Photo by Gary Anderson
Article by Noah Essenmacher
DStreet Entertainment Foundation is giving used and refurbished instruments new life in the hands of striving local musicians through the Bandwagon Program. With its first approved budget, Bandwagon aims to expand its operation to support these artists in need. Bandwagon supports DStreet’s overall mission to "assist musicians and artists of every age, race and gender in the development of their education, promotional skills and performances."
Bandwagon director Joe Caudy says the DStreet Board is an eclectic group of business-oriented music lovers. "We’ve got a nice mix of people who at one time were musicians, are musicians or are striving to be musicians," he says. "Dennis [Beason] is now our chairman, and he plays with his own band, The Sinclairs. He can relate. He knows the importance of trying to strive as a local musician in this area."
Caudy works with Bandwagon volunteers to collect donated instruments for the nonprofit’s instrument library. Donations come from a variety of sources: the collections of former musicians, the attics of local residents, and the stock of eBay sellers. Volunteers will collect donations at DStreet-promoted events this summer. Find them at Parkapalooza 6 on Sunday, September 12, at Sanford Lake Park in Midland County and at the Labadie Pig Gig from Thursday, August 5th, through Sunday, August 8th, in Veteran’s Memorial Park in downtown Bay City.
"We’ve got some instruments I would not have imagined us having," says Caudy. Bandwagon’s library currently consists of 12 instruments, including a Fender jazz bass guitar, a pair of miniature violins, a vintage accordion, trumpets, a flute, a clarinet and a starter xylophone.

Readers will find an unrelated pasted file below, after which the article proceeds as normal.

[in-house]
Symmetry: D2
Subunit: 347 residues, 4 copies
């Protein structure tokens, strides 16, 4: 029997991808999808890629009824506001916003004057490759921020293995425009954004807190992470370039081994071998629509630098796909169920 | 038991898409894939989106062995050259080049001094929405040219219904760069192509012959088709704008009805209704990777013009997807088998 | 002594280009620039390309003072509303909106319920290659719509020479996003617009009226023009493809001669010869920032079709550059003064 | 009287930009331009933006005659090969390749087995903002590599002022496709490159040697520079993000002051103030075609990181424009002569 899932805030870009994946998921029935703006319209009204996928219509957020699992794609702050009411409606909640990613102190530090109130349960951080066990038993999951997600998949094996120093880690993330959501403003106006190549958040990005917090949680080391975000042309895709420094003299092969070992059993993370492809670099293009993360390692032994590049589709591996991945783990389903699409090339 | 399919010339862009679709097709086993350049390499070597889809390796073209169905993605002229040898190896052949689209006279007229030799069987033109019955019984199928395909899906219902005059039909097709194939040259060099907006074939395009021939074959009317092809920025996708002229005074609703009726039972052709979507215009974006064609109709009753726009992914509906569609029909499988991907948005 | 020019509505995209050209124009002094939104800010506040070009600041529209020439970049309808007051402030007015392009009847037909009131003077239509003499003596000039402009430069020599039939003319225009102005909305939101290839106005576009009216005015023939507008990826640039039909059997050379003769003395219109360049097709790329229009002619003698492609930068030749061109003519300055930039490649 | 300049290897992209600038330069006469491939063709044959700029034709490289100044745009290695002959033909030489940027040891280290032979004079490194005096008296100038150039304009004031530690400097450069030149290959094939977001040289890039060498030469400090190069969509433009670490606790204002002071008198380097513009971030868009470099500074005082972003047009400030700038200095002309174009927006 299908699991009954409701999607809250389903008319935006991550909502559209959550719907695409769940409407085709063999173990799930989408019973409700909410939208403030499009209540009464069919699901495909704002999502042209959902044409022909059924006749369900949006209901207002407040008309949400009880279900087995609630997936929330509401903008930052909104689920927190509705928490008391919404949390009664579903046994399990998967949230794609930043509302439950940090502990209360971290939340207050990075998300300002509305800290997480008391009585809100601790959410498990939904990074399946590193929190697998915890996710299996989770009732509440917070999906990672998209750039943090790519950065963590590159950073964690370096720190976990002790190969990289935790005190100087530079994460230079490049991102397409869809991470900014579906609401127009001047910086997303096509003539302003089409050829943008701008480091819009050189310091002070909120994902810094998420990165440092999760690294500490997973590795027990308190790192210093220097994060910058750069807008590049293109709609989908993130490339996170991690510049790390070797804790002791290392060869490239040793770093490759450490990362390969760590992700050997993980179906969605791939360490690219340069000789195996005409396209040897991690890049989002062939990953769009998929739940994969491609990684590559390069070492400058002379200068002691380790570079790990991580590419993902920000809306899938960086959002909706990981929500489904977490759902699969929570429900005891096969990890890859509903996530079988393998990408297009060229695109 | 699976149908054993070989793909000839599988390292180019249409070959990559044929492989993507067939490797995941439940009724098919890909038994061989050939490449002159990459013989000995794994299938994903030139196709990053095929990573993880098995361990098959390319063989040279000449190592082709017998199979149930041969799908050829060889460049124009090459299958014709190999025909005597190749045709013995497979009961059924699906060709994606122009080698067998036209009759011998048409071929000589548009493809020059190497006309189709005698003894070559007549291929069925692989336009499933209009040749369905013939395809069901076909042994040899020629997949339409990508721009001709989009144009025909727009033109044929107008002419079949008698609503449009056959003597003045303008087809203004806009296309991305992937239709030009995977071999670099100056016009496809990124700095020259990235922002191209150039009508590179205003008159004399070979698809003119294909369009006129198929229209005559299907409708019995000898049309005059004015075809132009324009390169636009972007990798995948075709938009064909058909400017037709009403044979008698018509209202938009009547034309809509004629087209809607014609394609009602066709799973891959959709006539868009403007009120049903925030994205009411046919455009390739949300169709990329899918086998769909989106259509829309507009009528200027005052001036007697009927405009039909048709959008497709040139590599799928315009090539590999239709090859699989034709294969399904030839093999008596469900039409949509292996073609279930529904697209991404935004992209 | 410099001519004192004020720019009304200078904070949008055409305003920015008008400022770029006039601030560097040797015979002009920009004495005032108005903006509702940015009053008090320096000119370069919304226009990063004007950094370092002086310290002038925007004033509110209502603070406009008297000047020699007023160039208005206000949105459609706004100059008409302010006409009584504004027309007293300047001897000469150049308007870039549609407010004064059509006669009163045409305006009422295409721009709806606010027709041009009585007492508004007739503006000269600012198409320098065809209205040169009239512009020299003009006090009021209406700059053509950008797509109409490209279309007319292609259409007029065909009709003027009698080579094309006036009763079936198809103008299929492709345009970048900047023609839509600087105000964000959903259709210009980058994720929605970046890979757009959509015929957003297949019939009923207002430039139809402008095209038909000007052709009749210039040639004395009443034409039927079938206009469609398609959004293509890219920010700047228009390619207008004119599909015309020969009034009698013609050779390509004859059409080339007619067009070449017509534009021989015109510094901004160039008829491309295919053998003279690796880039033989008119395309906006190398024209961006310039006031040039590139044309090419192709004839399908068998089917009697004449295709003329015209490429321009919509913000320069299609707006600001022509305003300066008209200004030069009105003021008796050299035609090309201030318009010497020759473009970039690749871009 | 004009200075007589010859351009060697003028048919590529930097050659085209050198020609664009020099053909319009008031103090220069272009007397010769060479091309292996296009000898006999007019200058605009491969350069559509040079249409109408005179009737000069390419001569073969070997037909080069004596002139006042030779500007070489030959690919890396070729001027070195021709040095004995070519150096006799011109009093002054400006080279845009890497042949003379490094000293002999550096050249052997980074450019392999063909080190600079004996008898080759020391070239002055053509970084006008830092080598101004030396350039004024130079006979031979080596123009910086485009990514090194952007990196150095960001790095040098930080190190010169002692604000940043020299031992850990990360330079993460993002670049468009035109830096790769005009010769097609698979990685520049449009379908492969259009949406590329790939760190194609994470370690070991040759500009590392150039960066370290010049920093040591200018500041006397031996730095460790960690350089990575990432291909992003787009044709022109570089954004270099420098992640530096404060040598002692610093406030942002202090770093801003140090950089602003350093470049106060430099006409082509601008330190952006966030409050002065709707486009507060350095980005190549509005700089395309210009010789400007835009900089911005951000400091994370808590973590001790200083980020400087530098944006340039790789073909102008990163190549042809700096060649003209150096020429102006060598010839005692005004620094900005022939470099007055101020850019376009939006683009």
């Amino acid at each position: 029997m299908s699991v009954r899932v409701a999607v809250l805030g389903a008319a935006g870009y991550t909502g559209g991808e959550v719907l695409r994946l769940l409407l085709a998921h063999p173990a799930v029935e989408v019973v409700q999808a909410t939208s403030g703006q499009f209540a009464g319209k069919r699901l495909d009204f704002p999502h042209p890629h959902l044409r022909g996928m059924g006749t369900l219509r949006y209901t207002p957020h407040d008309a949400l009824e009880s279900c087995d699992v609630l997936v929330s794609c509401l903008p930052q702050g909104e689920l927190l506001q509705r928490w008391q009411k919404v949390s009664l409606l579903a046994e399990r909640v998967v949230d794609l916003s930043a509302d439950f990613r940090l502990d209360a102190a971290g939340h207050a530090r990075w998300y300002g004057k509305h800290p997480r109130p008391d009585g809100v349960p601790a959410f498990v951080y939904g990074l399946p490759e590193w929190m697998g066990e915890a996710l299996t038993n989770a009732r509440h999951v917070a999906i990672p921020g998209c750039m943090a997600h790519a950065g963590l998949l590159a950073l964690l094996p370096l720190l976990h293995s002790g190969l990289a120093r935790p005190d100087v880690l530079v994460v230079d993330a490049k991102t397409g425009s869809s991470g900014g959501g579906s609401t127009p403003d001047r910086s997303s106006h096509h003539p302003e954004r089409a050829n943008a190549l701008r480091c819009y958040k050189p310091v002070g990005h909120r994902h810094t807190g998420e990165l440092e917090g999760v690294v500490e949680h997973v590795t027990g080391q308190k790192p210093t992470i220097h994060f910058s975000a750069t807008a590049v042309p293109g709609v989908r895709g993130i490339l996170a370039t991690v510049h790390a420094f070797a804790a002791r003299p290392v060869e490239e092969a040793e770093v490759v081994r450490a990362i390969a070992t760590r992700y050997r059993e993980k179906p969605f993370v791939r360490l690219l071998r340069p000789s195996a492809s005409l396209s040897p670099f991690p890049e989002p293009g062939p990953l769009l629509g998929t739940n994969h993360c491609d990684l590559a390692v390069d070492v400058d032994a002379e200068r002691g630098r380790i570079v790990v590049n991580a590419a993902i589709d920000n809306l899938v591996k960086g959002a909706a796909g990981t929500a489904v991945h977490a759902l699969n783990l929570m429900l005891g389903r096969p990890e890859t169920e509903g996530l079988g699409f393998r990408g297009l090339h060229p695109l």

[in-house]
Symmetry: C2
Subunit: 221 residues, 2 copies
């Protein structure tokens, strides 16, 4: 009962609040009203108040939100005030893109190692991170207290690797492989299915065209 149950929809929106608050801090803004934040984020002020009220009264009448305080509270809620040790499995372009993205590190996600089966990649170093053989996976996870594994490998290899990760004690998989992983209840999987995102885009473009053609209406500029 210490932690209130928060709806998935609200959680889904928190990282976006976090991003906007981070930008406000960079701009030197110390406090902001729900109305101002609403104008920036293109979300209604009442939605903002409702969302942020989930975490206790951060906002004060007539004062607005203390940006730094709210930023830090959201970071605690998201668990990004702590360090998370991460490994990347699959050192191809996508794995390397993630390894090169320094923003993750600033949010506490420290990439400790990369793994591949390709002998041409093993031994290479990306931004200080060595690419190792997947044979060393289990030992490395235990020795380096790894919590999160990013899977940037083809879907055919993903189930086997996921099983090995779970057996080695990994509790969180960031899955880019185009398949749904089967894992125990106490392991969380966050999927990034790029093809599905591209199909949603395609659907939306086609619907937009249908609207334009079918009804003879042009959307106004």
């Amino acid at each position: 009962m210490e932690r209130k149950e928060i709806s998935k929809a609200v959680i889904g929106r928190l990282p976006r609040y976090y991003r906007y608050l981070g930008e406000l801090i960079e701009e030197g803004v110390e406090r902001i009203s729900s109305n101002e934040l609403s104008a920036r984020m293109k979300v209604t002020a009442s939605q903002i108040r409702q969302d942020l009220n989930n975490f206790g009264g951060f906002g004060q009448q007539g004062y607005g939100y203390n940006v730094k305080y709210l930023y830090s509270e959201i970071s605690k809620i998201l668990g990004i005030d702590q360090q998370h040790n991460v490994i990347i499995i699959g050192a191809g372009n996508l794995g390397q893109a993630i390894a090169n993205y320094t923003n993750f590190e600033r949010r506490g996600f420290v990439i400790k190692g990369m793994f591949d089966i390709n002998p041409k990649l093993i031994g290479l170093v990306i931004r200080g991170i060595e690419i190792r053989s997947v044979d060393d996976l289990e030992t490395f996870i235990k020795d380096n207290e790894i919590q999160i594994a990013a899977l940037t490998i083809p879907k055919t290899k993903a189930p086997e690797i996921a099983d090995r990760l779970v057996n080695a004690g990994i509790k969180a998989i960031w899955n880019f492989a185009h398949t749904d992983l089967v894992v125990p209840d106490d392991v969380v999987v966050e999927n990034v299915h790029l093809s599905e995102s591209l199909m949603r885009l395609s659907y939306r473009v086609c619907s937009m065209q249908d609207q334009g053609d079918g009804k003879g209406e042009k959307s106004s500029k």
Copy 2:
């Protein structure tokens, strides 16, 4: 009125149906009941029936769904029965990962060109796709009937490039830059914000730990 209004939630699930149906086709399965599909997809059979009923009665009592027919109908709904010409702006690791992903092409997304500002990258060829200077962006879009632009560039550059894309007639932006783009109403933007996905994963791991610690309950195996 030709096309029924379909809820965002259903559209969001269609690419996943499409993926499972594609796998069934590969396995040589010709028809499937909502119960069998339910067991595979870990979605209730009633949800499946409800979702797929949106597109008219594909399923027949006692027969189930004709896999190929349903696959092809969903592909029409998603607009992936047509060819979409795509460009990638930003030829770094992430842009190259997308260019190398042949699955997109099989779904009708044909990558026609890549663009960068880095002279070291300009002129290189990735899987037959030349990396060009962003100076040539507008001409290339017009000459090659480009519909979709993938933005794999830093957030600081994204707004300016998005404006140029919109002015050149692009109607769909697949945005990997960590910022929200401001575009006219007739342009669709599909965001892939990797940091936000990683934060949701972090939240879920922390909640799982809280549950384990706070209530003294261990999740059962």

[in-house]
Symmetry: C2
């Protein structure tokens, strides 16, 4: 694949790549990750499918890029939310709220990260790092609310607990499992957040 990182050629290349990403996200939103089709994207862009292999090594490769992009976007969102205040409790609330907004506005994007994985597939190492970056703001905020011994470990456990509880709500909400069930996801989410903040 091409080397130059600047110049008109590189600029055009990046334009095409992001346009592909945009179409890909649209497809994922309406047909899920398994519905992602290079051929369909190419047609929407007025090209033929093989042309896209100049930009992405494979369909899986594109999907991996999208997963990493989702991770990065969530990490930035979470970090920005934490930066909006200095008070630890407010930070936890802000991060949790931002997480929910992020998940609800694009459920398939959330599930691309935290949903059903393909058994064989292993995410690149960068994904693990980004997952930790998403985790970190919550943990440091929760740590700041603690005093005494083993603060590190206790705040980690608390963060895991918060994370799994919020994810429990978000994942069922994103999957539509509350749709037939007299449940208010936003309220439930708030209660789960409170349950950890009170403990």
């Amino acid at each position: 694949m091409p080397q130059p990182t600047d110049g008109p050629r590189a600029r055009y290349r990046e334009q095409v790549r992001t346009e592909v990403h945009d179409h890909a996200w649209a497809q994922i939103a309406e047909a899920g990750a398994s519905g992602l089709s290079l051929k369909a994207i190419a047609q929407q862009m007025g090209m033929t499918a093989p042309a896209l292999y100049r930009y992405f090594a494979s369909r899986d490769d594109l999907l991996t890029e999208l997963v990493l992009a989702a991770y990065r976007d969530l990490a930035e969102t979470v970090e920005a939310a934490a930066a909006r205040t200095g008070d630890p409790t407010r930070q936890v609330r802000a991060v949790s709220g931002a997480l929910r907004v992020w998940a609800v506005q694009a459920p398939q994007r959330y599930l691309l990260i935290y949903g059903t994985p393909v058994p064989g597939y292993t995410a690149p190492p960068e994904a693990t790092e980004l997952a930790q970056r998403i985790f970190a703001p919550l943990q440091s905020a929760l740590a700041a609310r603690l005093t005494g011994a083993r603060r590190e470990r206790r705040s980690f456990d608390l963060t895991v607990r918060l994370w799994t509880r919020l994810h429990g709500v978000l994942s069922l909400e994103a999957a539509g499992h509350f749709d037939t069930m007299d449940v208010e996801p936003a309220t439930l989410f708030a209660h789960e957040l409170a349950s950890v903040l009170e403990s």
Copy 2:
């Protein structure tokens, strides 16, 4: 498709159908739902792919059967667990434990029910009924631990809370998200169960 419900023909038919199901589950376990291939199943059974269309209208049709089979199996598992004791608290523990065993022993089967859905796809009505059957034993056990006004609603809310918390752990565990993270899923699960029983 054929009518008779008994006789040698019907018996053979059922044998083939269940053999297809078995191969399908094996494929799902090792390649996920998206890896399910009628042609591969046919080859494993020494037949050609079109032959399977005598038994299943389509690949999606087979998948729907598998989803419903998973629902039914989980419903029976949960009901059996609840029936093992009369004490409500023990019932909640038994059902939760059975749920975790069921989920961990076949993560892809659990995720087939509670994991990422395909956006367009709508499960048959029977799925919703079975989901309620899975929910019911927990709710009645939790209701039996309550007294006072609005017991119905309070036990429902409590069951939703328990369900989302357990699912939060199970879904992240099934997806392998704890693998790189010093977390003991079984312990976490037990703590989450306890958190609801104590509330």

Caudy says there is a story behind every instrument donated. "The accordian. That lady told me stories and stories about how her uncle used to serenade them on the back porch with that accordion," says Caudy. "That accordion has history. It’s almost 60 years old. … It’s used, and we want to keep on using it."
Once the instruments are collected, DStreet funds their refurbishment and repair. Bandwagon’s new budget will help to expedite the restoration process and to get the instruments to people more quickly. "Our library is starting to build," says Caudy. “We’re in that phase where it's time to get this thing rolling."
The number of applicants for these instruments is growing as well. Local musicians are applying to receive instruments, which they can keep or return to the library later. "Essentially everything we do gives to somebody," says Caudy. "With the economy getting even tougher and people struggling, it's an easy way to obtain an instrument." Bandwagon particularly benefits student musicians, as school budget cuts often affect school bands, music programs, and art curriculums before sports and faculty. "I played band through high school,” says Caudy. "I played the trumpet, so I [remember] my mom complaining about making that monthly instrument payment … with braces, car payments and insurance, it was expensive."
Caudy says that when young adults with a passion for music receive instruments that are not so much borrowed as owned, they treat those instruments with remarkable respect and responsibility. "They treat [the instruments] like most men treat [their] cars, [their] trophies,” says Caudy. "This is their trophy."
Caudy has seen first-hand the success of Bandwagon. He had the opportunity to deliver a trumpet to an approved applicant. "She was in one of those situations where during junior high she was given an instrument, but when she went into high school, she had to have her own," he says. "She whipped it right out and threw the mouthpiece in. That little girl was probably the happiest anyone had ever seen her. It brought a tear to her mother’s eyes. That little girl marched up and down the sidewalk outside the apartment playing that instrument. And that made me feel good."
© Noah Essenmacher, 2010